Freezing is an established approach to maintaining bulk drug substances/products for several biopharmaceutical modalities. Regardless of product type, a cryopreservation process requires extensive testing, monitoring, and control of freezing and thawing conditions. However, because living cells are significantly larger and more complex than monoclonal antibodies (MAbs) and other protein-based biologics, cell therapies raise distinctive concerns for cryopreservation processes. In this eBook, BPI’s managing editor speaks with Erik Wood (cofounder, chief science officer, and senior vice president of Ossium Health) to explore biophysical factors that can complicate cryopreservation of cellular products, specifically adoptive-cell therapies based on hematopoietic progenitor and stem cells (HPCs and HSCs, respectively). Ossium Health recovers such cells from the bone marrow (BM) of recently deceased organ donors. Thus, cryopreservation plays a critical role in the company’s manufacturing process. Herein, Woods describes the characteristics of the cells that his company seeks to isolate and the processes that his team developed to cool, store, and thaw such cells for transplantation.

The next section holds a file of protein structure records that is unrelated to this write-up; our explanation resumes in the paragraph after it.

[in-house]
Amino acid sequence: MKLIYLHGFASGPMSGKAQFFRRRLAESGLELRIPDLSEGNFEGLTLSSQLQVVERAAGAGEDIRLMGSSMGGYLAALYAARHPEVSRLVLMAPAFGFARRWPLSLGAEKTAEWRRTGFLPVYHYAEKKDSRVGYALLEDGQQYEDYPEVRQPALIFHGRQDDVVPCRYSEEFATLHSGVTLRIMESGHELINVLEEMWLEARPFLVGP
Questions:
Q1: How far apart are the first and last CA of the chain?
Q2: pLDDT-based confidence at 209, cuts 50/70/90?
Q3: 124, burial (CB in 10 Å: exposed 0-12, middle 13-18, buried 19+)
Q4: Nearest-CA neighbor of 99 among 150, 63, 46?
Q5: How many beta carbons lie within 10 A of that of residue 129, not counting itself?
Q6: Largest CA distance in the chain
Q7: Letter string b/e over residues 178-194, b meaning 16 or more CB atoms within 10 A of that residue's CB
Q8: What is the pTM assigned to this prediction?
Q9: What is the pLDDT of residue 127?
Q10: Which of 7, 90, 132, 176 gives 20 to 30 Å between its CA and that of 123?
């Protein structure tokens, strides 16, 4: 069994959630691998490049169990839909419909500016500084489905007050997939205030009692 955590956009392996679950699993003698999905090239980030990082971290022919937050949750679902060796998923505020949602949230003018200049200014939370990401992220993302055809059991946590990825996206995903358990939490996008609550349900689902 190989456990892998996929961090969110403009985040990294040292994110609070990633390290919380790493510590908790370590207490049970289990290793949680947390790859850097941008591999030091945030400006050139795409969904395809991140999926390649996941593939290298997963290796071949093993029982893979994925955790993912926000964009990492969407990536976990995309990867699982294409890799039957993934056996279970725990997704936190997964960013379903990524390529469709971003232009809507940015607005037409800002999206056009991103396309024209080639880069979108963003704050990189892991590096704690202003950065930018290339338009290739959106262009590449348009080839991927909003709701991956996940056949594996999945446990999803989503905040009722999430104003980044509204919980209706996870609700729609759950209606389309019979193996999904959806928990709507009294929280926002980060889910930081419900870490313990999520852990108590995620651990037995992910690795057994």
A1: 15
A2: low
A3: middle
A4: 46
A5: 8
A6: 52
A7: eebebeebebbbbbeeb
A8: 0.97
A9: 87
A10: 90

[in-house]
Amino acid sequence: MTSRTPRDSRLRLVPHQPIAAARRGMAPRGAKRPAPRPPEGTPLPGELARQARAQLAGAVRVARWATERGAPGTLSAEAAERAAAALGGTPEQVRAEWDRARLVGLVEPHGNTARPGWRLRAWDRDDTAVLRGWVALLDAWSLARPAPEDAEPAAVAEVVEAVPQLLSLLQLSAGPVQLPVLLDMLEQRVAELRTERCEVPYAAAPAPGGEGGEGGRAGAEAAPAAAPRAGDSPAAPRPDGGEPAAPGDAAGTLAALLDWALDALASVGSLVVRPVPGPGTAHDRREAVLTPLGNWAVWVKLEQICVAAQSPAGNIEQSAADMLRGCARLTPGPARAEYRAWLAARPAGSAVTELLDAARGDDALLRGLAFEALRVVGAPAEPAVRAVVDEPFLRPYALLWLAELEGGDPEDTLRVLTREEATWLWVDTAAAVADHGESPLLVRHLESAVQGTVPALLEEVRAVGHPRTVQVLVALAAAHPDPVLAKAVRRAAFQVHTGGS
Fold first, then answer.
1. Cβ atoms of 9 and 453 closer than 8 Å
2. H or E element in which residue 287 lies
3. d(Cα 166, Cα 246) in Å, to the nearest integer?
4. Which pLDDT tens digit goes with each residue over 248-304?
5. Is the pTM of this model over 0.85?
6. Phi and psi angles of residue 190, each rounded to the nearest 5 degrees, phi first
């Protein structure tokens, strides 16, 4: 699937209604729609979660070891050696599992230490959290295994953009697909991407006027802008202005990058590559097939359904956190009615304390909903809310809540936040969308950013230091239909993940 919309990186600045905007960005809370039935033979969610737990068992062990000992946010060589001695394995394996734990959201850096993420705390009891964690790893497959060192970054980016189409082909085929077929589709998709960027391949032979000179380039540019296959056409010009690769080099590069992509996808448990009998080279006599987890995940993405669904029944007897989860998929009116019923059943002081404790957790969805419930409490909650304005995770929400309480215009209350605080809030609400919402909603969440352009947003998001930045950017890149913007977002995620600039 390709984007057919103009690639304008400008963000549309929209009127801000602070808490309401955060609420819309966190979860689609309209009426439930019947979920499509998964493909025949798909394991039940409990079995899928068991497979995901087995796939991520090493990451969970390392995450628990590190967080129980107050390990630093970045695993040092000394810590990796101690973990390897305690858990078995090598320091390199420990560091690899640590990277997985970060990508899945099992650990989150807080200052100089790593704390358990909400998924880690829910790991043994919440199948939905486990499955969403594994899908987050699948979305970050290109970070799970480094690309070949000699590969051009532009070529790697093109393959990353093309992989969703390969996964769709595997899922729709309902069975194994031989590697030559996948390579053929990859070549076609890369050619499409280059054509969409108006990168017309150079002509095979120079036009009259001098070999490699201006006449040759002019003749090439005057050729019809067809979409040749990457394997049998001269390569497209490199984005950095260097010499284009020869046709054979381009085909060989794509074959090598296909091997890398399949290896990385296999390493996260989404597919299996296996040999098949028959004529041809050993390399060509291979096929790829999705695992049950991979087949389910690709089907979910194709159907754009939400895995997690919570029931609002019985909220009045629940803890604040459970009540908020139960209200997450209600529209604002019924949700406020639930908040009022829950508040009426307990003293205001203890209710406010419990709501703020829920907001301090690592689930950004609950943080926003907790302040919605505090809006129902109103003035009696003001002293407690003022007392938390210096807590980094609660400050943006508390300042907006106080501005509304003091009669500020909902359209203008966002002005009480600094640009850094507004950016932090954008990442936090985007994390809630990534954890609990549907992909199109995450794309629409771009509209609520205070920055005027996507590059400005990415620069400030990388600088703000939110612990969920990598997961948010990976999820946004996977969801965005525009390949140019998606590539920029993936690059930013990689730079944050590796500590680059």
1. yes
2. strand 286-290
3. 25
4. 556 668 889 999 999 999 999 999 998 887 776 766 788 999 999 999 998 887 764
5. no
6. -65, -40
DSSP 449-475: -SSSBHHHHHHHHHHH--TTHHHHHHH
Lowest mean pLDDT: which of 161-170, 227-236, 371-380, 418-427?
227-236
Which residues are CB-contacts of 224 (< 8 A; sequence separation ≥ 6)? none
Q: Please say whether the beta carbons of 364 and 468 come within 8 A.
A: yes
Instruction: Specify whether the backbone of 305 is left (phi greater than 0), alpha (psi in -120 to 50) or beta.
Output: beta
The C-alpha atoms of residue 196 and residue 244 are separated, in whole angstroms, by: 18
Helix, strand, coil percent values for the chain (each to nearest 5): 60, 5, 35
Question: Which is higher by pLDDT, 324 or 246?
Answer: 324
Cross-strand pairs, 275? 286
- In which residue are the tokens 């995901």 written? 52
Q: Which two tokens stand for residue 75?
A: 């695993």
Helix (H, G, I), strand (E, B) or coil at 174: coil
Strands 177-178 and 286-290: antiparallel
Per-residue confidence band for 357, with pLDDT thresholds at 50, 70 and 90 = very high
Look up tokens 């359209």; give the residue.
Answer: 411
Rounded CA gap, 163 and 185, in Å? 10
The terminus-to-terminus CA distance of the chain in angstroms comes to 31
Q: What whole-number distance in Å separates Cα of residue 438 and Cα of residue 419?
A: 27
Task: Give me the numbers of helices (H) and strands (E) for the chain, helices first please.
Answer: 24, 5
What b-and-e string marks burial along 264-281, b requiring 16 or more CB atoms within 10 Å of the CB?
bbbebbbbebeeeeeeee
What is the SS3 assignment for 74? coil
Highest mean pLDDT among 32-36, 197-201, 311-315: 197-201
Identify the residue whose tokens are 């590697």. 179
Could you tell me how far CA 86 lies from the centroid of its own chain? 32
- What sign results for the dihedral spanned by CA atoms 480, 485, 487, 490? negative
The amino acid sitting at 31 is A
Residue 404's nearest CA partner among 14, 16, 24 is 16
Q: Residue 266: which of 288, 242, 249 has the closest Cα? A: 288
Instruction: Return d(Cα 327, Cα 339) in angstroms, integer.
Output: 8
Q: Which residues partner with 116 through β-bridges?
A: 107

In addition to providing readers with a cryobiological primer, this eBook calls attention to best practices for freeze–thaw processes and highlight continuing industry needs for scalability, which remains a significant limiting factor in cryopreservation of cell therapies. Read on to learn more.
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